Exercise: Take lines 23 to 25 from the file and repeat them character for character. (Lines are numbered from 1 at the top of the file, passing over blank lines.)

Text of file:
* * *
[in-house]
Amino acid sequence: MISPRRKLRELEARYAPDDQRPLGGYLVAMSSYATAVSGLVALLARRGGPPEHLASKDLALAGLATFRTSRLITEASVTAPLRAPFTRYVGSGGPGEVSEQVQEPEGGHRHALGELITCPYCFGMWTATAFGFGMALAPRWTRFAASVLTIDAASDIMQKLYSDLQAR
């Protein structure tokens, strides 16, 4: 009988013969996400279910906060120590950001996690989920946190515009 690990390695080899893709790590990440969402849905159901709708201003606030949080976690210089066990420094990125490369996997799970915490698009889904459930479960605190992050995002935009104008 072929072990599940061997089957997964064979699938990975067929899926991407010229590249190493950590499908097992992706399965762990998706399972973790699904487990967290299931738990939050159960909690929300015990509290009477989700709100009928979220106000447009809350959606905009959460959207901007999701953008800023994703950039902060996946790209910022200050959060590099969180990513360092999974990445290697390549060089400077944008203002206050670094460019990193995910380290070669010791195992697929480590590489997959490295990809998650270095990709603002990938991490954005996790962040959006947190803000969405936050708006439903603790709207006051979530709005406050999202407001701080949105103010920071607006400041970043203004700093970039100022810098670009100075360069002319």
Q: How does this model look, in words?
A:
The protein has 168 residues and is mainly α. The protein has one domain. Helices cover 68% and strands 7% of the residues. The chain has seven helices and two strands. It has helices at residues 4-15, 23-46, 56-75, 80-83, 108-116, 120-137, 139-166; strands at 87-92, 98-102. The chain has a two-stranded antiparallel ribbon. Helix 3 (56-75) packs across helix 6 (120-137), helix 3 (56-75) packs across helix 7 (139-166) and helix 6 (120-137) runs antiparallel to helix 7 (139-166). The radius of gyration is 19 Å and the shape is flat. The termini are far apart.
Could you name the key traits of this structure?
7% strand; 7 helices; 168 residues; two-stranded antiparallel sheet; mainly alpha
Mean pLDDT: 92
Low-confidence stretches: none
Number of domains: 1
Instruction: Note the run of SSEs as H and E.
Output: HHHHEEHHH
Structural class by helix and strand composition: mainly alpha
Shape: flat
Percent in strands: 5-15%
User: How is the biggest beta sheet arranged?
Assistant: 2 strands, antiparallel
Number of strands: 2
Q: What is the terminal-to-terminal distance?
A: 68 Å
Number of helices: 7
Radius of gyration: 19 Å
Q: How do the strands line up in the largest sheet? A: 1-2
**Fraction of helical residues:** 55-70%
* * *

Radius of gyration: 19 Å
Q: How do the strands line up in the largest sheet? A: 1-2
**Fraction of helical residues:** 55-70%